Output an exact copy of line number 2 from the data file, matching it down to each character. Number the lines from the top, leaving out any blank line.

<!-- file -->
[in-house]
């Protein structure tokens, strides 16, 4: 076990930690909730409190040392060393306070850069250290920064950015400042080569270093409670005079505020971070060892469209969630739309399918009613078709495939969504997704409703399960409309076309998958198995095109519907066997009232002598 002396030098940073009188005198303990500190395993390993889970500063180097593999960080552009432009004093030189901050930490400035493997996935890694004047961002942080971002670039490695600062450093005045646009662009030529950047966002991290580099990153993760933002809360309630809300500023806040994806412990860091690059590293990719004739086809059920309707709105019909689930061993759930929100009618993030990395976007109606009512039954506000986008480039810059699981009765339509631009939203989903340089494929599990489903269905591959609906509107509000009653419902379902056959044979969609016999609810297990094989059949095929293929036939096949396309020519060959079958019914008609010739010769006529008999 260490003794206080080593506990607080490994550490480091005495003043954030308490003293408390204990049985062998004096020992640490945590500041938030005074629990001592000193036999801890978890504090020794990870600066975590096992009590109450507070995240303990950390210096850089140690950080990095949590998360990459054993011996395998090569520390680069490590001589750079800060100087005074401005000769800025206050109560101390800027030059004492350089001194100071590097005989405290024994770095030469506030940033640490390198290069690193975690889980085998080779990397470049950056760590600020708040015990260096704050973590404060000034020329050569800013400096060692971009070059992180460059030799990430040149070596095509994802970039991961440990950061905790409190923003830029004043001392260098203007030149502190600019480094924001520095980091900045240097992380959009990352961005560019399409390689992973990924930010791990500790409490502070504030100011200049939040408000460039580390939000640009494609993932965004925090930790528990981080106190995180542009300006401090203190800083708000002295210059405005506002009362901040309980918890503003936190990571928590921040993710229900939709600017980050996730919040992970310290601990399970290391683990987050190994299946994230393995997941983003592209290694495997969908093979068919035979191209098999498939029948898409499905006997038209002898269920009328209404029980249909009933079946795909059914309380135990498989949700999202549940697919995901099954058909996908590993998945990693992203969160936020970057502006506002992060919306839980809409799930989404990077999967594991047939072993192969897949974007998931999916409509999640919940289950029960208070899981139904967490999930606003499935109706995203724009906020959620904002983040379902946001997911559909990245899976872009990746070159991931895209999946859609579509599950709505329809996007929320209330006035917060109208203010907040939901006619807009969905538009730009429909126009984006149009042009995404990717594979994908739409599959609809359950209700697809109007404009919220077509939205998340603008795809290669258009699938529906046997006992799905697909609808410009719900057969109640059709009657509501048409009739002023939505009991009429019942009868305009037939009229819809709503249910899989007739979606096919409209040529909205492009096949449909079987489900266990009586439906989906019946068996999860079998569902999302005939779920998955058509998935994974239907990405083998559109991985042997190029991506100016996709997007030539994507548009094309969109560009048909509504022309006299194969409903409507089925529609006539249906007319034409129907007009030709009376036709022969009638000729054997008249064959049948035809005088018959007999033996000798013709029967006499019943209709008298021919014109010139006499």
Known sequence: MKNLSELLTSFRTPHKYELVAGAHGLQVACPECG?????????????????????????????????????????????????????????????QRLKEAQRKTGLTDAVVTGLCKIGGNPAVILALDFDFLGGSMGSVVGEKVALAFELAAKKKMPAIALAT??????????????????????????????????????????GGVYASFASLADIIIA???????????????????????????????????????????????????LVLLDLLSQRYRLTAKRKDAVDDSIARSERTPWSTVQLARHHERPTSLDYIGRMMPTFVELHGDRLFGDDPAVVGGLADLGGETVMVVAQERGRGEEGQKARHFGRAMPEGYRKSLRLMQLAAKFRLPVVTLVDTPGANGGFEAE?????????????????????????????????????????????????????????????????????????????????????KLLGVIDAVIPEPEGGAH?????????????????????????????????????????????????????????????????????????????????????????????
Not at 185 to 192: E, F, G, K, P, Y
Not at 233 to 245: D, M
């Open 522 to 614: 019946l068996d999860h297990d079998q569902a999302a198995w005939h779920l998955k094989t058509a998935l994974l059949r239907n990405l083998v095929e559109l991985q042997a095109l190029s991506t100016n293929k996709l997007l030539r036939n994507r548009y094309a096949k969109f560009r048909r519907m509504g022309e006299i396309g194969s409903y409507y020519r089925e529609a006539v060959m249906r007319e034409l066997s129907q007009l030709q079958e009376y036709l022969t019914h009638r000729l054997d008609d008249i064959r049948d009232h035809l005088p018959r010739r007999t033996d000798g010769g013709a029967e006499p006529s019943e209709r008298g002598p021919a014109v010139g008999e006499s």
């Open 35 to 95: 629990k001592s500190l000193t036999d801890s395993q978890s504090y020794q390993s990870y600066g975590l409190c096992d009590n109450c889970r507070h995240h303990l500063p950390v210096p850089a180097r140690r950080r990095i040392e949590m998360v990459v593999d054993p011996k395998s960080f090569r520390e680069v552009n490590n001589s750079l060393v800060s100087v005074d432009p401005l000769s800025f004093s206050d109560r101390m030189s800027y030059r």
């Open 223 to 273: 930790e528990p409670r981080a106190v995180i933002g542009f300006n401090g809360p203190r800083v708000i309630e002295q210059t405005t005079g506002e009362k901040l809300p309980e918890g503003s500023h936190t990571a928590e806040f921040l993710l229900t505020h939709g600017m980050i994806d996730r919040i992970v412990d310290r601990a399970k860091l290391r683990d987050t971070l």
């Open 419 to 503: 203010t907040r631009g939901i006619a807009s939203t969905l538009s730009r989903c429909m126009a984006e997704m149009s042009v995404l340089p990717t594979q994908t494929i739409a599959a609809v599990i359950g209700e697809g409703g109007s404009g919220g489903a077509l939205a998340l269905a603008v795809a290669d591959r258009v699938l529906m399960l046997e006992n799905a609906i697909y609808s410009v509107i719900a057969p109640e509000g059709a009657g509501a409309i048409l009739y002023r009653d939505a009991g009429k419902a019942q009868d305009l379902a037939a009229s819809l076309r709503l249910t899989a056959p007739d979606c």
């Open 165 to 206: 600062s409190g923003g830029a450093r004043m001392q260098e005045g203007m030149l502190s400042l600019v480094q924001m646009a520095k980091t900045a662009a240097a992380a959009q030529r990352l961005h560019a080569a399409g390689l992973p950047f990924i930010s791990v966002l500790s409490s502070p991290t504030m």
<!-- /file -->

């Protein structure tokens, strides 16, 4: 076990930690909730409190040392060393306070850069250290920064950015400042080569270093409670005079505020971070060892469209969630739309399918009613078709495939969504997704409703399960409309076309998958198995095109519907066997009232002598 002396030098940073009188005198303990500190395993390993889970500063180097593999960080552009432009004093030189901050930490400035493997996935890694004047961002942080971002670039490695600062450093005045646009662009030529950047966002991290580099990153993760933002809360309630809300500023806040994806412990860091690059590293990719004739086809059920309707709105019909689930061993759930929100009618993030990395976007109606009512039954506000986008480039810059699981009765339509631009939203989903340089494929599990489903269905591959609906509107509000009653419902379902056959044979969609016999609810297990094989059949095929293929036939096949396309020519060959079958019914008609010739010769006529008999 260490003794206080080593506990607080490994550490480091005495003043954030308490003293408390204990049985062998004096020992640490945590500041938030005074629990001592000193036999801890978890504090020794990870600066975590096992009590109450507070995240303990950390210096850089140690950080990095949590998360990459054993011996395998090569520390680069490590001589750079800060100087005074401005000769800025206050109560101390800027030059004492350089001194100071590097005989405290024994770095030469506030940033640490390198290069690193975690889980085998080779990397470049950056760590600020708040015990260096704050973590404060000034020329050569800013400096060692971009070059992180460059030799990430040149070596095509994802970039991961440990950061905790409190923003830029004043001392260098203007030149502190600019480094924001520095980091900045240097992380959009990352961005560019399409390689992973990924930010791990500790409490502070504030100011200049939040408000460039580390939000640009494609993932965004925090930790528990981080106190995180542009300006401090203190800083708000002295210059405005506002009362901040309980918890503003936190990571928590921040993710229900939709600017980050996730919040992970310290601990399970290391683990987050190994299946994230393995997941983003592209290694495997969908093979068919035979191209098999498939029948898409499905006997038209002898269920009328209404029980249909009933079946795909059914309380135990498989949700999202549940697919995901099954058909996908590993998945990693992203969160936020970057502006506002992060919306839980809409799930989404990077999967594991047939072993192969897949974007998931999916409509999640919940289950029960208070899981139904967490999930606003499935109706995203724009906020959620904002983040379902946001997911559909990245899976872009990746070159991931895209999946859609579509599950709505329809996007929320209330006035917060109208203010907040939901006619807009969905538009730009429909126009984006149009042009995404990717594979994908739409599959609809359950209700697809109007404009919220077509939205998340603008795809290669258009699938529906046997006992799905697909609808410009719900057969109640059709009657509501048409009739002023939505009991009429019942009868305009037939009229819809709503249910899989007739979606096919409209040529909205492009096949449909079987489900266990009586439906989906019946068996999860079998569902999302005939779920998955058509998935994974239907990405083998559109991985042997190029991506100016996709997007030539994507548009094309969109560009048909509504022309006299194969409903409507089925529609006539249906007319034409129907007009030709009376036709022969009638000729054997008249064959049948035809005088018959007999033996000798013709029967006499019943209709008298021919014109010139006499």